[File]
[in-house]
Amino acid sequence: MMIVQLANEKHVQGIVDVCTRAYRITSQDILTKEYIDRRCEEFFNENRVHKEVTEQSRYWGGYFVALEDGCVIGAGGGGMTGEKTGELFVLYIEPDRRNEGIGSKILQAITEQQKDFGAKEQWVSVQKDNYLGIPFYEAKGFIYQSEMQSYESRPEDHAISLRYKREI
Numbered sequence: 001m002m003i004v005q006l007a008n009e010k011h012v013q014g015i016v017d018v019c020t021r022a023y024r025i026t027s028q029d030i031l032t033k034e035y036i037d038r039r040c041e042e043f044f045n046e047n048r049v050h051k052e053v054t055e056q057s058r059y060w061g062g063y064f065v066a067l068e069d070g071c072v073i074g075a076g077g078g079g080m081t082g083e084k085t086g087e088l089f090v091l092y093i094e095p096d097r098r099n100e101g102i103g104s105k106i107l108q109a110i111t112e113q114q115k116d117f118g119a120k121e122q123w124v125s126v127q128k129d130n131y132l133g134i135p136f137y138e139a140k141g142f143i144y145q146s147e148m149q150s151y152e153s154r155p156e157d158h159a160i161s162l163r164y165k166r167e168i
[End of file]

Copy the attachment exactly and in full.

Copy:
[in-house]
Amino acid sequence: MMIVQLANEKHVQGIVDVCTRAYRITSQDILTKEYIDRRCEEFFNENRVHKEVTEQSRYWGGYFVALEDGCVIGAGGGGMTGEKTGELFVLYIEPDRRNEGIGSKILQAITEQQKDFGAKEQWVSVQKDNYLGIPFYEAKGFIYQSEMQSYESRPEDHAISLRYKREI
Numbered sequence: 001m002m003i004v005q006l007a008n009e010k011h012v013q014g015i016v017d018v019c020t021r022a023y024r025i026t027s028q029d030i031l032t033k034e035y036i037d038r039r040c041e042e043f044f045n046e047n048r049v050h051k052e053v054t055e056q057s058r059y060w061g062g063y064f065v066a067l068e069d070g071c072v073i074g075a076g077g078g079g080m081t082g083e084k085t086g087e088l089f090v091l092y093i094e095p096d097r098r099n100e101g102i103g104s105k106i107l108q109a110i111t112e113q114q115k116d117f118g119a120k121e122q123w124v125s126v127q128k129d130n131y132l133g134i135p136f137y138e139a140k141g142f143i144y145q146s147e148m149q150s151y152e153s154r155p156e157d158h159a160i161s162l163r164y165k166r167e168i